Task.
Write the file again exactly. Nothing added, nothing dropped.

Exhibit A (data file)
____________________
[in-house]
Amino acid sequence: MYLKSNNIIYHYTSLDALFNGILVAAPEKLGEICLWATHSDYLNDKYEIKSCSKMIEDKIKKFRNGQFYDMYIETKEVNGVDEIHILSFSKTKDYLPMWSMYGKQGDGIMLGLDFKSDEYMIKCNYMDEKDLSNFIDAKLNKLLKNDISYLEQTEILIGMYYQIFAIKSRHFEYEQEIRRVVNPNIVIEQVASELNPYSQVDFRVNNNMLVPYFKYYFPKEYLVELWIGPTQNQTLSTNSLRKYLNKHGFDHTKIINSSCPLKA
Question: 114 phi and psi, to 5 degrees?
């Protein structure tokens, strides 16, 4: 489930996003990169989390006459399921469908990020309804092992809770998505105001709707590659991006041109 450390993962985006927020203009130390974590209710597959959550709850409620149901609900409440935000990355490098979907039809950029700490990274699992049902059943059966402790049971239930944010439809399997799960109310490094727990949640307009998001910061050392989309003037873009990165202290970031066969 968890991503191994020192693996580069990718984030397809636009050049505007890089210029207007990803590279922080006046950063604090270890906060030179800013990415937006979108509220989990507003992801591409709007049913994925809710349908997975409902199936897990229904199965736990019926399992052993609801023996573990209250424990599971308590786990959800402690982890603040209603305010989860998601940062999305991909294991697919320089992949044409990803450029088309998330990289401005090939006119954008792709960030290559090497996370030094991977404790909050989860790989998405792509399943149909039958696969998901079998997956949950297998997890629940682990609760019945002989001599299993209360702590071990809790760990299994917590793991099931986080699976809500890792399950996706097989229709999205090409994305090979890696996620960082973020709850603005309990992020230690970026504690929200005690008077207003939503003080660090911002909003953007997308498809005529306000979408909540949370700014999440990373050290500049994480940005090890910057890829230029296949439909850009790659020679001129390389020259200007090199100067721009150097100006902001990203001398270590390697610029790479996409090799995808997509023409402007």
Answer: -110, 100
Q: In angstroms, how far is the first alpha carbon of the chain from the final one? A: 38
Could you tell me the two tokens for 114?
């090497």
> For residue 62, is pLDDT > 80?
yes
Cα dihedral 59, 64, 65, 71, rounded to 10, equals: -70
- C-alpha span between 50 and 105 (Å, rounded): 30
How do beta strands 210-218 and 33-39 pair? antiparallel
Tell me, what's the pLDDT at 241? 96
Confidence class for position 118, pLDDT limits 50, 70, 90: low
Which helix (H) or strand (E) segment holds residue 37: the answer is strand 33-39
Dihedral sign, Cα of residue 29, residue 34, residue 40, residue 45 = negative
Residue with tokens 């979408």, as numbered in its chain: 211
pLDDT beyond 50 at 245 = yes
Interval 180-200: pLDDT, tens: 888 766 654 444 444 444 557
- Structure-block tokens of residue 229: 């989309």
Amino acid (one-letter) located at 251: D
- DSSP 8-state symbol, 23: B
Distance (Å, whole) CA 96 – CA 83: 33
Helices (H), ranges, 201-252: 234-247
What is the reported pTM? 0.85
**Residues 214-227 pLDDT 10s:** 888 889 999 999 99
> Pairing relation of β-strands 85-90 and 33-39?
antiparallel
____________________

[in-house]
Amino acid sequence: MYLKSNNIIYHYTSLDALFNGILVAAPEKLGEICLWATHSDYLNDKYEIKSCSKMIEDKIKKFRNGQFYDMYIETKEVNGVDEIHILSFSKTKDYLPMWSMYGKQGDGIMLGLDFKSDEYMIKCNYMDEKDLSNFIDAKLNKLLKNDISYLEQTEILIGMYYQIFAIKSRHFEYEQEIRRVVNPNIVIEQVASELNPYSQVDFRVNNNMLVPYFKYYFPKEYLVELWIGPTQNQTLSTNSLRKYLNKHGFDHTKIINSSCPLKA
Question: 114 phi and psi, to 5 degrees?
């Protein structure tokens, strides 16, 4: 489930996003990169989390006459399921469908990020309804092992809770998505105001709707590659991006041109 450390993962985006927020203009130390974590209710597959959550709850409620149901609900409440935000990355490098979907039809950029700490990274699992049902059943059966402790049971239930944010439809399997799960109310490094727990949640307009998001910061050392989309003037873009990165202290970031066969 968890991503191994020192693996580069990718984030397809636009050049505007890089210029207007990803590279922080006046950063604090270890906060030179800013990415937006979108509220989990507003992801591409709007049913994925809710349908997975409902199936897990229904199965736990019926399992052993609801023996573990209250424990599971308590786990959800402690982890603040209603305010989860998601940062999305991909294991697919320089992949044409990803450029088309998330990289401005090939006119954008792709960030290559090497996370030094991977404790909050989860790989998405792509399943149909039958696969998901079998997956949950297998997890629940682990609760019945002989001599299993209360702590071990809790760990299994917590793991099931986080699976809500890792399950996706097989229709999205090409994305090979890696996620960082973020709850603005309990992020230690970026504690929200005690008077207003939503003080660090911002909003953007997308498809005529306000979408909540949370700014999440990373050290500049994480940005090890910057890829230029296949439909850009790659020679001129390389020259200007090199100067721009150097100006902001990203001398270590390697610029790479996409090799995808997509023409402007």
Answer: -110, 100
Q: In angstroms, how far is the first alpha carbon of the chain from the final one? A: 38
Could you tell me the two tokens for 114?
């090497």
> For residue 62, is pLDDT > 80?
yes
Cα dihedral 59, 64, 65, 71, rounded to 10, equals: -70
- C-alpha span between 50 and 105 (Å, rounded): 30
How do beta strands 210-218 and 33-39 pair? antiparallel
Tell me, what's the pLDDT at 241? 96
Confidence class for position 118, pLDDT limits 50, 70, 90: low
Which helix (H) or strand (E) segment holds residue 37: the answer is strand 33-39
Dihedral sign, Cα of residue 29, residue 34, residue 40, residue 45 = negative
Residue with tokens 């979408």, as numbered in its chain: 211
pLDDT beyond 50 at 245 = yes
Interval 180-200: pLDDT, tens: 888 766 654 444 444 444 557
- Structure-block tokens of residue 229: 């989309």
Amino acid (one-letter) located at 251: D
- DSSP 8-state symbol, 23: B
Distance (Å, whole) CA 96 – CA 83: 33
Helices (H), ranges, 201-252: 234-247
What is the reported pTM? 0.85
**Residues 214-227 pLDDT 10s:** 888 889 999 999 99
> Pairing relation of β-strands 85-90 and 33-39?
antiparallel